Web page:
When you were younger you most likely had no clue that cranking up the volume on your music could lead to health problems. You were simply having a good time listening to your tunes.
You had fun when you were growing up, going to loud concerts and movies. It might even be normal for you to have experienced loud noise at work. Lasting health issues were the furthest thing from your mind.
Now that you’re older and more mature, you more likely know better. Children as young as 12 can have long-term noise-induced hearing loss. But did you know that sound is so powerful that it can even be used as a weapon?
Can You Get Sick From Sound?
In fact, it Can. It’s evident to scientists and doctors alike that certain sound can make you sick. Here’s why.
How Health is Impacted by Loud Noise
Extremely loud sounds injure the inner ear. You have little hairs that pick up +
vibrations after they pass through the eardrum membrane. These hairs never grow back once they are damaged. This is what causes the sensorineural hearing loss that many people deal with as they age.
Over 85 dB of volume for an 8 hour period of time will start to cause permanent impairment. It only takes 15 minutes for lasting damage to occur at 100 dB. At 120 dB, the volume of a rock concert, instant, irreversible damage will take place.
Noises can also affect cardiovascular wellness. Obesity, high blood pressure, clogged arteries, and other vascular problems can be the result of elevated stress hormones induced by overly loud noise. So when individuals who are exposed to loud noise complain about headaches and memory loss, this may explain why. These are firmly connected to cardiovascular health.
As a matter of fact, one study confirmed that sound volumes that begin to impact the heart, and hormones are as low a 45 decibels. That’s around the volume of someone with a quiet indoor voice.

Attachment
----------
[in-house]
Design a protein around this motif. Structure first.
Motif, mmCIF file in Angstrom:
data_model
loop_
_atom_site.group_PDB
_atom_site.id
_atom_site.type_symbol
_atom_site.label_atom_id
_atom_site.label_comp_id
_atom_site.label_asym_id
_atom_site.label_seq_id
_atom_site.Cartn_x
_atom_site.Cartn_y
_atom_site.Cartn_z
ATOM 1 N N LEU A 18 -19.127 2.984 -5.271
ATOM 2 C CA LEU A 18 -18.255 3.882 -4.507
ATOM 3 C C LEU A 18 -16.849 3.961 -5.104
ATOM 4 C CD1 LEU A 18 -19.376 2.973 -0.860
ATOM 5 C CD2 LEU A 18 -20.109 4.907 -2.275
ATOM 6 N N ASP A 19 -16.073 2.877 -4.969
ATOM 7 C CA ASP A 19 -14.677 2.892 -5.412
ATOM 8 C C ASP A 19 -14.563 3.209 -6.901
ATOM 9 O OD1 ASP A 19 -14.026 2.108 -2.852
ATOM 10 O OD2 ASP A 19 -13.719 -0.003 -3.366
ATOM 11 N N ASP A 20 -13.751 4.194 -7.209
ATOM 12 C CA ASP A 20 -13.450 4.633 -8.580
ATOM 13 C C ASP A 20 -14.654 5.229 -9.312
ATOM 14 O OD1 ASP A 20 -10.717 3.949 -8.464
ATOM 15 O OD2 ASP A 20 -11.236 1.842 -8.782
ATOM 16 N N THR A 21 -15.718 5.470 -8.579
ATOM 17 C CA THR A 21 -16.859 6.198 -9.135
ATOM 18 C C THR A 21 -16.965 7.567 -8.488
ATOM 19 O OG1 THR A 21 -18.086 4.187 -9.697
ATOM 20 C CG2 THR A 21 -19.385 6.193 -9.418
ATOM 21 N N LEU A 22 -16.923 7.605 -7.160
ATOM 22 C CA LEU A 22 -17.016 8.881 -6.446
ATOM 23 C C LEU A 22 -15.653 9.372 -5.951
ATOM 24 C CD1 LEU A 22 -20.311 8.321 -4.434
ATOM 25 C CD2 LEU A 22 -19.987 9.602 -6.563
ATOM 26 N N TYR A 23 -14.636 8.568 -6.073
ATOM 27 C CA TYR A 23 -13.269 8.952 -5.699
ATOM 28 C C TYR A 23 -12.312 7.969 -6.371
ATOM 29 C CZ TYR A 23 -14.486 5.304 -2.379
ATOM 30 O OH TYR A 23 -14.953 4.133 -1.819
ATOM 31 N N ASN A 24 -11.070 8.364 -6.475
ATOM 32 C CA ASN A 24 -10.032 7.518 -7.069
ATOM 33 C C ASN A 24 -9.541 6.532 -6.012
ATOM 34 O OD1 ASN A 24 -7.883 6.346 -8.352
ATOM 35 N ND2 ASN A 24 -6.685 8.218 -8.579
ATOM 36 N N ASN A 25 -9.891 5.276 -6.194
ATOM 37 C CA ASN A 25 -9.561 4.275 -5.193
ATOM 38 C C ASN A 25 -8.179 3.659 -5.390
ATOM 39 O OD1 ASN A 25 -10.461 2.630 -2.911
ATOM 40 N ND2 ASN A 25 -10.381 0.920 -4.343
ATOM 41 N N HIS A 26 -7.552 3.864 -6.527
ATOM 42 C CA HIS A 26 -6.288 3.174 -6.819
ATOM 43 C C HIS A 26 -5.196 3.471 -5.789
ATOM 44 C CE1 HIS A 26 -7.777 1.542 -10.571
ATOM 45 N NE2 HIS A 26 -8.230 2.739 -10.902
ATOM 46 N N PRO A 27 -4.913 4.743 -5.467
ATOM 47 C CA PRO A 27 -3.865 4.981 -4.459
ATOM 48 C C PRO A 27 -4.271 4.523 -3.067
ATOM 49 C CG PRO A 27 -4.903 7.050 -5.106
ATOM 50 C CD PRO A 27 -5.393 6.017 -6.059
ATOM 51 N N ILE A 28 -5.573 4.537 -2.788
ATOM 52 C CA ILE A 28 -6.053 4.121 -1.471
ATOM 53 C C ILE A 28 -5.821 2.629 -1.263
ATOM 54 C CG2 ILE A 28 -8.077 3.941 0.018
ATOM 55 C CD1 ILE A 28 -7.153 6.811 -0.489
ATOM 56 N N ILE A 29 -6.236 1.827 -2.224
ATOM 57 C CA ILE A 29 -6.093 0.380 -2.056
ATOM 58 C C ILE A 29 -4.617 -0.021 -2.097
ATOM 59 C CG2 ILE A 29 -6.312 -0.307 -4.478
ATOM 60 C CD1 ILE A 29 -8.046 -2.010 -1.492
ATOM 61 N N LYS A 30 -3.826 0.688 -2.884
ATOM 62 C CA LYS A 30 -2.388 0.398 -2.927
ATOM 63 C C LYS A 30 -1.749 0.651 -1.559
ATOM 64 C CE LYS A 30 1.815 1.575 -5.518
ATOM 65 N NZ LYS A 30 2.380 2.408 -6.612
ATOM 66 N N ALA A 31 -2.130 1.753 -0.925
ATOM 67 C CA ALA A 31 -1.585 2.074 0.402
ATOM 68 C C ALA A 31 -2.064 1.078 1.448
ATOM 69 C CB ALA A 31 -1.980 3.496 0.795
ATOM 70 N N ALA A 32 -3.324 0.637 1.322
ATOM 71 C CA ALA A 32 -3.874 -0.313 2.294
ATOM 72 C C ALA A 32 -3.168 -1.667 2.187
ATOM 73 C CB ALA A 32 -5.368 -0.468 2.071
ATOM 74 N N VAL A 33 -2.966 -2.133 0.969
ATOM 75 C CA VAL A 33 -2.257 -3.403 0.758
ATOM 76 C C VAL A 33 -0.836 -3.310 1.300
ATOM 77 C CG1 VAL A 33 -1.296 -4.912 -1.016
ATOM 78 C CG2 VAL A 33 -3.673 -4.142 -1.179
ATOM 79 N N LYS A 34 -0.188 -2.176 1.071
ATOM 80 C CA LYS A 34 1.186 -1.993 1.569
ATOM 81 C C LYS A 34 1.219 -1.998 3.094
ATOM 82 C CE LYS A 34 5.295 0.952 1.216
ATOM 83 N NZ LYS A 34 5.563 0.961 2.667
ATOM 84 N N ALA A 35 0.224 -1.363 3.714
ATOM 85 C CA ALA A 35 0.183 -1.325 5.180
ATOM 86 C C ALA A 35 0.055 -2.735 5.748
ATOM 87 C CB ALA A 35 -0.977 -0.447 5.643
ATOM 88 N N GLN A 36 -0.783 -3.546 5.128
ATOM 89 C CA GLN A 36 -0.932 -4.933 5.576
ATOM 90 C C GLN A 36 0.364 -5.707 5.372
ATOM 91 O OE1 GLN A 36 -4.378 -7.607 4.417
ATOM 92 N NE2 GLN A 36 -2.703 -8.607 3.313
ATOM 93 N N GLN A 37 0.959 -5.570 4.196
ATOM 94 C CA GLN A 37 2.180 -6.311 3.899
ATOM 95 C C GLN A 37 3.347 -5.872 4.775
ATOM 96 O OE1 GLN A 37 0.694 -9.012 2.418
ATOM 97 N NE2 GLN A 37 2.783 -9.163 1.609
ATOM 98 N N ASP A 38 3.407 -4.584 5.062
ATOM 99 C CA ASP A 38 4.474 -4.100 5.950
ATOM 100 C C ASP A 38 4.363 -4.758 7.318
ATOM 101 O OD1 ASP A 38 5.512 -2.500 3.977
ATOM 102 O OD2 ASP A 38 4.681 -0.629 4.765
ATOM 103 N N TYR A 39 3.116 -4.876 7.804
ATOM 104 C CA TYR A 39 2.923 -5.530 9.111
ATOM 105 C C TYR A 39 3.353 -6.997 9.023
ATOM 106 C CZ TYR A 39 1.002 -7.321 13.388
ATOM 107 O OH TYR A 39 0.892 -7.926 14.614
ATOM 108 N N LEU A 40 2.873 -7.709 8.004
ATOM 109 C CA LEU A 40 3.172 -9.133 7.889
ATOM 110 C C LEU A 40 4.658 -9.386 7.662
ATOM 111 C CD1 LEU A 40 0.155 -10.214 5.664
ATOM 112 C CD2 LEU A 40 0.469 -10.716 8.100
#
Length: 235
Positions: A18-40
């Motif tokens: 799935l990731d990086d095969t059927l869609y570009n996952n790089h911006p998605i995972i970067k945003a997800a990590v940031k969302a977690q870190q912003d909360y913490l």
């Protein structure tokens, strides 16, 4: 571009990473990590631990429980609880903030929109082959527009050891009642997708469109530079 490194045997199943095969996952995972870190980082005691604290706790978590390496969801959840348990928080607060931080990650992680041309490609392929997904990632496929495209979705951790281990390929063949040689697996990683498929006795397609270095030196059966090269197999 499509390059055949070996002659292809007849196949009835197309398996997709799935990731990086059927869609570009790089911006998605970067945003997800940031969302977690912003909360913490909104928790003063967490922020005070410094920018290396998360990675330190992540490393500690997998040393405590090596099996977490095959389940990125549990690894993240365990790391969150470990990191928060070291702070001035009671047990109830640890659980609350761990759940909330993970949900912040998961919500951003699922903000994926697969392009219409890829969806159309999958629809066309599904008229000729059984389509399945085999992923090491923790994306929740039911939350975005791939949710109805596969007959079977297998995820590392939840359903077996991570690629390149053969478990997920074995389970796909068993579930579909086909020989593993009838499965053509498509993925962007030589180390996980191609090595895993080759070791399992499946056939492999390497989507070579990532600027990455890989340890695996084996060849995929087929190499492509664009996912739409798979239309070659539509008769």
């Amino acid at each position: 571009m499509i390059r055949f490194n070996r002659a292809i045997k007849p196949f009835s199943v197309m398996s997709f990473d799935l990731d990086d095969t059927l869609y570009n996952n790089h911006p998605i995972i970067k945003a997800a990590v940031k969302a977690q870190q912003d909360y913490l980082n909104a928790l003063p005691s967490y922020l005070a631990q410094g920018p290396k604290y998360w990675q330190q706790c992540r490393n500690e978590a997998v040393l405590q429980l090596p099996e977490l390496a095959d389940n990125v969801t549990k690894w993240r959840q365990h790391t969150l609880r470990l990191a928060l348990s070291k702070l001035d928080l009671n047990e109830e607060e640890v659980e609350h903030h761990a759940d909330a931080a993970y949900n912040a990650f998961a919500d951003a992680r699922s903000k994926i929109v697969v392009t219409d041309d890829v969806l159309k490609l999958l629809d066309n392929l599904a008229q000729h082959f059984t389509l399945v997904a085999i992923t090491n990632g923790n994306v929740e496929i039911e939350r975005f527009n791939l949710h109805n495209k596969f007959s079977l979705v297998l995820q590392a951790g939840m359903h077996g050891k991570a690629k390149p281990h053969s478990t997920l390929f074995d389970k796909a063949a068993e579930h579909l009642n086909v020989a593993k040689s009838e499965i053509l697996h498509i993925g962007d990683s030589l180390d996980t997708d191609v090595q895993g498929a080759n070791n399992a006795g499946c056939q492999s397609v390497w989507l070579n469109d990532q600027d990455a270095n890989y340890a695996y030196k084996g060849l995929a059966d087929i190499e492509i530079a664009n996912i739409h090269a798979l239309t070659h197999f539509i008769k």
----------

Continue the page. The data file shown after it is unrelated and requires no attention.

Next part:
Your Health is Impacted by Some Sound Frequencies – Here’s How
Several years ago, diplomats in Cuba got sick when subjected to sounds. The sound in Cuba wasn’t that loud. It could even be blocked out by a television. So how could this type of sound cause people to get sick?
Frequency is the answer.
Even at lower volumes, appreciable harm can be done by certain high-frequency sound.
Have you ever cringed when somebody scratched their nails on a chalkboard? Have you been driven crazy by someone repeatedly dragging their finger across a folded piece of paper? Have you ever had to plug your ears during a violin recital?
If you’ve felt the power of high-pitched sounds, the pain you felt was in fact damage happening to your hearing. The damage may have become permanent if you’ve subjected yourself to this kind of sound repeatedly for longer time periods.
Studies have also found that you don’t even need to be able to hear the sound. Damaging frequencies can come from lots of common devices such as machinery, trains, sensors, etc.
Extremely low-frequency sound known as “infrasound” can also impact your health. The vibrations can make you feel disoriented and physically sick. Some individuals even experience migraine symptoms such as flashes of light and color.
How You Can Safeguard Your Hearing
Be aware of how you feel about particular sounds. If you’re feeling pain or other symptoms when you’re around certain sounds, limit your exposure. If you’re experiencing pain in your ears, you’re most likely doing damage.
In order to understand how your hearing could be changing over time, get in touch with a hearing specialist for an exam.